Chromebooks to come soon

Ian Miller, Commentary Editor

Earlier this year, Bowie’s new principal, Mark Robinson, promised to bring many big changes to Bowie. Including the addition of personalized Chromebooks with the intent that they will help students perform better academically.

The Chromebooks are aimed towards initiatives such as AISD’s Blend, where all of a student’s learning can be found in one place. While originally promised to be distributed the week before midterms, due to scheduling conflicts, the distribution has been pushed back to early January. Robinson believes that the true potential of Chromebooks lies in its relation to Blend.

“The real connection here is going to be in Blend,”  Robinson said. “We’ve also used it as a virtual backpack, where we can pull all of that learning from the web and put the information into these modules in Blend that allow for easy teaching and learning.”

A big goal for educators is to connect with their students, and the addition of Chromebooks may help achieve this.

“I’m hoping there’s going to be an element of engagement,” school improvement facilitator Ruth Ann Widner said. “I think that when students leave this building on a daily basis, they’re immersed in technology; they’re used to it. I feel like, by adding these devices to classes, we’re normalizing the classroom – we’re getting the classroom caught up to the rest of the world.”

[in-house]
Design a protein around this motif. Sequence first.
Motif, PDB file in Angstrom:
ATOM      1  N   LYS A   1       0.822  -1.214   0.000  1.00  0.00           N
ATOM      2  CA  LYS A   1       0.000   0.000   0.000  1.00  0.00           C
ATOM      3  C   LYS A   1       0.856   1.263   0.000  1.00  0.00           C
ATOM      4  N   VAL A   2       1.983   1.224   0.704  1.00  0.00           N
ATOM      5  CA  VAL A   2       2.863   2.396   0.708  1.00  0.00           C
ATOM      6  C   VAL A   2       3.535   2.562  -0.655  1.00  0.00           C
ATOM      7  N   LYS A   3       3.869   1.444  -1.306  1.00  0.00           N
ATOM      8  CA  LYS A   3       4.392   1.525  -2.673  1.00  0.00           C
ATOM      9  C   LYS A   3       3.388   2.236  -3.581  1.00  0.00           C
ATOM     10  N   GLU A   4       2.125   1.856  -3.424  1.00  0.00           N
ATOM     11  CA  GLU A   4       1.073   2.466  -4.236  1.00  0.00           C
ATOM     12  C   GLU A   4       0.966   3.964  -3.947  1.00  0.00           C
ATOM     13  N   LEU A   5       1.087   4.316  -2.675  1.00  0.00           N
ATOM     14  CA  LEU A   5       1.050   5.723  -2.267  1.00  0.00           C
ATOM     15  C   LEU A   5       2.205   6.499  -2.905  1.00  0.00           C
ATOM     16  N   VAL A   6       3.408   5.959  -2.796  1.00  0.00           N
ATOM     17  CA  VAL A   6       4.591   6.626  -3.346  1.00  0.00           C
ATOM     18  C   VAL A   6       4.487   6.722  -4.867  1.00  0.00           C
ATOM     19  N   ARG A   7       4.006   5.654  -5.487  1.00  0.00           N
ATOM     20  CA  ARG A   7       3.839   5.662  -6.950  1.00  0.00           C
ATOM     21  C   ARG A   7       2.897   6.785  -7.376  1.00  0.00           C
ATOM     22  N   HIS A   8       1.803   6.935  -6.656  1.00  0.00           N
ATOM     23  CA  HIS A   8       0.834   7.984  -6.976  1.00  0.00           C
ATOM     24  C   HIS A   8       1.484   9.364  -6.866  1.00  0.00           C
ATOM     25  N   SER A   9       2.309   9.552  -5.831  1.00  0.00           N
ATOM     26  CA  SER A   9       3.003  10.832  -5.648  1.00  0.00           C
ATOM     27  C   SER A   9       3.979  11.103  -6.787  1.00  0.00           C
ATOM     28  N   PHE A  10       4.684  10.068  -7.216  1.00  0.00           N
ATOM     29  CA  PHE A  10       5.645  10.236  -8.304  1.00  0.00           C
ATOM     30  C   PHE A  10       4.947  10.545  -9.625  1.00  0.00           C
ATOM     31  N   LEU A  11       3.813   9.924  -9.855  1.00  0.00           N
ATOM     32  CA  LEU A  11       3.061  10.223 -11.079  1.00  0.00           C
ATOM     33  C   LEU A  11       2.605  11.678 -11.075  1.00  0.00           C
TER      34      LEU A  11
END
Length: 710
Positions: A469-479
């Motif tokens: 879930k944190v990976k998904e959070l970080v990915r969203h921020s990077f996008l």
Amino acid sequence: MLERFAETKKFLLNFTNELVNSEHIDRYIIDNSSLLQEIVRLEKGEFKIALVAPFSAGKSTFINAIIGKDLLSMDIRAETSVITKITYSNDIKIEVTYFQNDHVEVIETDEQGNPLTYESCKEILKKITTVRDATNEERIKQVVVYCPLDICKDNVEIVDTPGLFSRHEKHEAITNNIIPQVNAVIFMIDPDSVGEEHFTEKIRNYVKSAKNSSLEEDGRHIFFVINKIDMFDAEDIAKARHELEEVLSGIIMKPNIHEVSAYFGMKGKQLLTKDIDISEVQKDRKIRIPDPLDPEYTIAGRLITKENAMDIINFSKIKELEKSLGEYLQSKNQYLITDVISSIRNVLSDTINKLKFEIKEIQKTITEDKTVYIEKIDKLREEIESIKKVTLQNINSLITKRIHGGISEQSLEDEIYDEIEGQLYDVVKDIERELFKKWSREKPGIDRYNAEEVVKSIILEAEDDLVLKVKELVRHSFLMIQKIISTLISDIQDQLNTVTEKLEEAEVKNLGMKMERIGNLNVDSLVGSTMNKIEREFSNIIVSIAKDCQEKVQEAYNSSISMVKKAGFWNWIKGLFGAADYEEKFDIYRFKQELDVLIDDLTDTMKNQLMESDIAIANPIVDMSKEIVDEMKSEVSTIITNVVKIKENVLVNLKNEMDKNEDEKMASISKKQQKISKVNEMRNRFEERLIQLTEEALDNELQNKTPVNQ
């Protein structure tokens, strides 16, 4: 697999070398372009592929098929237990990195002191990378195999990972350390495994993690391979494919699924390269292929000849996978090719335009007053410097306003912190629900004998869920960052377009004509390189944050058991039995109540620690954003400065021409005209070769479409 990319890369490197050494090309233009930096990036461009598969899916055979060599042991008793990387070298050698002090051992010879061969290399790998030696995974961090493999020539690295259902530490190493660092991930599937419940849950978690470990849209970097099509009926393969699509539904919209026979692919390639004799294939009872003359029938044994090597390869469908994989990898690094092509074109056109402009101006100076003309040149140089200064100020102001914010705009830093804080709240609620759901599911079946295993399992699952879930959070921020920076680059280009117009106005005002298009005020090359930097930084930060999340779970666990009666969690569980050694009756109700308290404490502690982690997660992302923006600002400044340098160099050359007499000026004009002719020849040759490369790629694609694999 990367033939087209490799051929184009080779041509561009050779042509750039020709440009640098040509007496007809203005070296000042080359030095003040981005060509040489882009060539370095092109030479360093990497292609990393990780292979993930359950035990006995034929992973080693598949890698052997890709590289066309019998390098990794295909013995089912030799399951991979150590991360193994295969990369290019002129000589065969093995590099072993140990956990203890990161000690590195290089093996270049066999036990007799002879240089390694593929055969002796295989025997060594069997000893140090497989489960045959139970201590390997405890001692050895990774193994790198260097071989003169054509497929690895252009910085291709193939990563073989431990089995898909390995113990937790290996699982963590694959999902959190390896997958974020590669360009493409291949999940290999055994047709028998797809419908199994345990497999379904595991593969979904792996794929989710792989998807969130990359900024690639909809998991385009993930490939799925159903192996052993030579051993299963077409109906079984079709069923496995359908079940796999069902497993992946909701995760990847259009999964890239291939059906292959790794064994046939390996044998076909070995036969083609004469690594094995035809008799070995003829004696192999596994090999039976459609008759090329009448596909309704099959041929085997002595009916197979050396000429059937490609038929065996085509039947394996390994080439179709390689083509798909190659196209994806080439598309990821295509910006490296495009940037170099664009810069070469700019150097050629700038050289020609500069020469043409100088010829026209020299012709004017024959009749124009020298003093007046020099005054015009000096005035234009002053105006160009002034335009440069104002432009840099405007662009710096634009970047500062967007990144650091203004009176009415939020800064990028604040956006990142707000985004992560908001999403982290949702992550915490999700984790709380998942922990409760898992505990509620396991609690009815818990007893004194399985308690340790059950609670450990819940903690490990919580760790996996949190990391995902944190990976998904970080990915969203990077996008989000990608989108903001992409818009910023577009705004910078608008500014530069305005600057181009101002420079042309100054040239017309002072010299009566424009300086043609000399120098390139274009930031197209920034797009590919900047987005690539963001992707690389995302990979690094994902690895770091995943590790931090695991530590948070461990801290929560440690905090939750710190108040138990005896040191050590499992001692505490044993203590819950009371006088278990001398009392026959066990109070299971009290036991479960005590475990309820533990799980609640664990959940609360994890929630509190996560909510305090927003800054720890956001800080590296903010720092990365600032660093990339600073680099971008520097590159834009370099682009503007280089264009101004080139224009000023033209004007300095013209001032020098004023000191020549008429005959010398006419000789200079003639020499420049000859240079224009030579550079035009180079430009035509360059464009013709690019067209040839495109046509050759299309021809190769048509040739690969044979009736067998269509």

The Chromebooks are able to convert from a normal laptop with a keyboard into a portable tablet with a fully functional touchscreen. Additionally, they come with a durable protective sleeve to help prevent wear-and-tear on the device. Every student will be expected to bring the Chromebook to school with them each day.

“The device isn’t optional. You can’t opt out of using technology; that’s the same as saying ‘I don’t want to learn today,” Robinson said. “With these Chromebooks, the student’s learning is all contained in one device.”

Junior Collin Copley thinks the Chromebooks will help with his academic workload.

“I’m really looking forward to receiving these Chromebooks and the convenience they’ll bring,” Copley said. “I think it’ll really help with taking notes and completing assignments since everything I need for school is put into one device.”

Some students think otherwise.

“It seems unnecessary and a hassle to carry around, seeing as how I can just use my phone, which is just as good as the Chromebooks,” junior Harrison Hoover said.

A concern for many students was that the hassle of carrying them around.

“To me, these are non-negotiable learning tools,” Widner said. “I’m hoping students will accept the Chromebooks simply because it’s technology. It’s like when you first get a phone – sure, it’s inconvenient at first, having to carry around a phone, but once you get used to it, you find it a part of your daily habits.”

FROM TEXTBOOK TO CHROMEBOOK: Freshman Katie Bailey, looks at Blend on a Chromebook. The district hopes that the Chromebooks will improve student engagement and quality of learning. PHOTO BY Victoria Newell